Combining stock, multispecies, and ecosystem level fishery objectives within an operational management procedure: simulations to start the conversation
Advanced Search
Select up to three search categories and corresponding keywords using the fields to the right. Refer to the Help section for more detailed instructions.

Search our Collections & Repository

All these words:

For very narrow results

This exact word or phrase:

When looking for a specific result

Any of these words:

Best used for discovery & interchangable words

None of these words:

Recommended to be used in conjunction with other fields



Publication Date Range:


Document Data


Document Type:






Clear All

Query Builder

Query box

Clear All

For additional assistance using the Custom Query please check out our Help Page


Combining stock, multispecies, and ecosystem level fishery objectives within an operational management procedure: simulations to start the conversation

Filetype[PDF-2.54 MB]


  • Journal Title:
    ICES Journal of Marine Science
  • Description:
    We explored alternative status determination criteria and reference points that could simplify fisheries management using a simulated multispecies/ecosystem-based operational management procedure. There are four components to the procedure: (i) limit total removals from the ecosystem; (ii) allocate the total removals limit among aggregate species groups; (iii) maintain individual species above minimum stock size thresholds; and (iv) optimize the species mix (within aggregates) based on bio-economic portfolio analysis. In this procedure, “overfishing” criteria are applied only to aggregates of species at the ecosystem and group level, but “overfished” criteria apply at the species/stock level. Previous work using multispecies production models identified conditions where conservation and yield objectives could be balanced: aggregations of species with similar life histories, species interactions, and responses to environmental forcing supported the highest yields while minimizing risks that individual stocks dropped below biomass thresholds. Here, we use a more complex length structured multispecies, multifleet simulation model to explore management procedure steps (i)–(iii). Different species aggregation rules were applied (single species, functional groups, and full system), and yield curves were constructed for each aggregation level by sequentially increasing effort in each of the fleets (alone and simultaneously), while recruitment for each species varied stochastically around a function based on spawning stock biomass. The performance of individual species and each aggregate type was then compared with respect to yield, biomass, and economic revenue objectives under changing environmental conditions. Our results evaluate the trade-offs between these objectives for the 10 species in the simulated system. Overall we found that there are aggregate catch limits that can both maximize yield and revenue while conserving biomass. However, community composition and revenue trade-off over a range of fishing effort. We consider this a starting point for further development with scientists, managers, fishermen, and other stakeholders in the region.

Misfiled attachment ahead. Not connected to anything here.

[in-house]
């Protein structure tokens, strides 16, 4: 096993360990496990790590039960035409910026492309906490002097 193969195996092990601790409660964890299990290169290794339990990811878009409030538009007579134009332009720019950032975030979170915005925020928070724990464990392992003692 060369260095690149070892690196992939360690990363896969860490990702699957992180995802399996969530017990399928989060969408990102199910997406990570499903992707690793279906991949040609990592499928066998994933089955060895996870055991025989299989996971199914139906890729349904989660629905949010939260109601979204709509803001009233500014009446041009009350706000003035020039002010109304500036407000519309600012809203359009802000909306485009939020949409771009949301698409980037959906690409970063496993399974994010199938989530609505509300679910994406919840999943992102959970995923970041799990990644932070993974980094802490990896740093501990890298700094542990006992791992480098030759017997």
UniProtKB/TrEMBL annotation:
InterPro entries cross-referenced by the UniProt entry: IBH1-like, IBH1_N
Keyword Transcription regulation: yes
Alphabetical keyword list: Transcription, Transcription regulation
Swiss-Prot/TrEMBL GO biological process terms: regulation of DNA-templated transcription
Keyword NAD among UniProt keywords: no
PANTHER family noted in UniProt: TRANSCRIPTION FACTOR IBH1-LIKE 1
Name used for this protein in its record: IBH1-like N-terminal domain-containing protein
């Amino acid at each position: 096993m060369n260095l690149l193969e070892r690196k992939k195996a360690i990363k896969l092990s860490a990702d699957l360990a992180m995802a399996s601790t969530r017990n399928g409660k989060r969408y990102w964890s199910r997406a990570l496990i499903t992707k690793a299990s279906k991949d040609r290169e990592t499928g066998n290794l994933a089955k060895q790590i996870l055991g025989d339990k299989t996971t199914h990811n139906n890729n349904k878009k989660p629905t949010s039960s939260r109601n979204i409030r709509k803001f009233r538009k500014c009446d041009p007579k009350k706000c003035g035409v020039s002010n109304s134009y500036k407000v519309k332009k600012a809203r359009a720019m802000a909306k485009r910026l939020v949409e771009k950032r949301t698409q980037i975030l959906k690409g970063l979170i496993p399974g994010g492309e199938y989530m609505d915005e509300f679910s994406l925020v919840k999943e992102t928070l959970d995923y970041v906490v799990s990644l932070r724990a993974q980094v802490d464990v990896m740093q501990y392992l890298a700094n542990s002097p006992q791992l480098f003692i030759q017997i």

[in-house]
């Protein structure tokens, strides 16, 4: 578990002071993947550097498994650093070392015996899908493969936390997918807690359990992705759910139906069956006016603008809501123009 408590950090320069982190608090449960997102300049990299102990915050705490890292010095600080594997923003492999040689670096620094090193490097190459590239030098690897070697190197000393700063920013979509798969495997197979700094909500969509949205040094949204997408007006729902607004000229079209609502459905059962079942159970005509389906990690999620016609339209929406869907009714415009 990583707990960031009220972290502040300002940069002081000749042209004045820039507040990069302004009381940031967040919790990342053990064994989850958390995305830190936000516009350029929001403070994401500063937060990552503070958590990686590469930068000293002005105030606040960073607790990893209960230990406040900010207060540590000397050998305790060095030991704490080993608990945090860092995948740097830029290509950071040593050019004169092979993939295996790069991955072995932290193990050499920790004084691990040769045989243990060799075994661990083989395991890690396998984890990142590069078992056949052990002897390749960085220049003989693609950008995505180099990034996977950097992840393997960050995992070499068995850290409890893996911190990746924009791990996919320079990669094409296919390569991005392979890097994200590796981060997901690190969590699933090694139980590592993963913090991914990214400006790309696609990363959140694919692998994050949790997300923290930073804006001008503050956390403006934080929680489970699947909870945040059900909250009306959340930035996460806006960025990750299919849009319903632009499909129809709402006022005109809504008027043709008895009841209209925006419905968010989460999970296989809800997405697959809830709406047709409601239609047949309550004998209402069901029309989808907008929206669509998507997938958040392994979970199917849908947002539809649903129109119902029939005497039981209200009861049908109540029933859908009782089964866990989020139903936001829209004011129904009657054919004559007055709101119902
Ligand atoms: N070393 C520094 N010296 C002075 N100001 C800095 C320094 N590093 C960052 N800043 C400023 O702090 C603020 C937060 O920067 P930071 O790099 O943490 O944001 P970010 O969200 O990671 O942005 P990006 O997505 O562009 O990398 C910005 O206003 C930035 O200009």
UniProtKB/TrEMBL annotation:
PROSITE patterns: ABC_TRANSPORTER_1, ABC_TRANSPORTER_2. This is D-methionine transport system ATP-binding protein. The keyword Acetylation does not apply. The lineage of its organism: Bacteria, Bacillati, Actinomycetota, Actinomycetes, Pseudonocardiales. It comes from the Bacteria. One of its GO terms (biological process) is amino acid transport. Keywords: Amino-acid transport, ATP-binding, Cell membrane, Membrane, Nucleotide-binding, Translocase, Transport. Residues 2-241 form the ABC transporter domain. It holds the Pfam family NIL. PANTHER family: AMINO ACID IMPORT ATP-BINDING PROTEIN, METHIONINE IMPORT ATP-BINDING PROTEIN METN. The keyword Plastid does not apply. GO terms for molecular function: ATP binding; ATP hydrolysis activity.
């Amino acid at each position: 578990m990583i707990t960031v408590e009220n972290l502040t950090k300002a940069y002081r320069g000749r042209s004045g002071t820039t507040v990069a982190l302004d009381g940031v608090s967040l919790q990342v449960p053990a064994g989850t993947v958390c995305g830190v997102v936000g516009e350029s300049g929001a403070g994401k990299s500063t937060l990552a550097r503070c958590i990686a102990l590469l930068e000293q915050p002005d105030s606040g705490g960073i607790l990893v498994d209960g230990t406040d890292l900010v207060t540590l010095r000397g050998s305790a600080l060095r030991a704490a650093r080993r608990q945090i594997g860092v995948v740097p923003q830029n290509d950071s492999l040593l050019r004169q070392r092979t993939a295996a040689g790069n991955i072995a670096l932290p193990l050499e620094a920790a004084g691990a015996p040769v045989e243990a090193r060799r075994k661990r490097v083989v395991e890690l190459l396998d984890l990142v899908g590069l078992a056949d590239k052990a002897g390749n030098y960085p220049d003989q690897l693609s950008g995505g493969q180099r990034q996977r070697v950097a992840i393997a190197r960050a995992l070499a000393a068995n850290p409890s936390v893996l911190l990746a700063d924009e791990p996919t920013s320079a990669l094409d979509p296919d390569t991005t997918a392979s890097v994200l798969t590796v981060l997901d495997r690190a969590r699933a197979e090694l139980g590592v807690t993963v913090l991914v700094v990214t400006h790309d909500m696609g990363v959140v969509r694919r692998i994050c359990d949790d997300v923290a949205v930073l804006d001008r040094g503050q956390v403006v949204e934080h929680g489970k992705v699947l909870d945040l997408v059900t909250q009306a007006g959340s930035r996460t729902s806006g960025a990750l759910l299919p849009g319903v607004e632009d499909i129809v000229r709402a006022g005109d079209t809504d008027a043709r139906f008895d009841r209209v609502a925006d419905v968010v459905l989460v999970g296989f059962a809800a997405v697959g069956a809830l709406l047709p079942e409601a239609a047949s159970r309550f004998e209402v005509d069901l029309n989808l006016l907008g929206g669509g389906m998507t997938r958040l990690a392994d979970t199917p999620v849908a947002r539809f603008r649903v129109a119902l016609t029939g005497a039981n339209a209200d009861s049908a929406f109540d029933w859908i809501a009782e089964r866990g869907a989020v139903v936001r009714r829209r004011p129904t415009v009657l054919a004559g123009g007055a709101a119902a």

• Source:
    ICES Journal of Marine Science, 74(2), 552-565
  • ISSN:
  • Format:
  • Document Type:
  • Rights Information:
    CC0 Public Domain
  • Rights Statement:
    This work is written by US Government employees and is in the public domain in the United States.
  • Compliance:
  • Main Document Checksum:
  • File Type:

Supporting Files

  • No Additional Files

More +

You May Also Like

Checkout today's featured content at

Version 3.26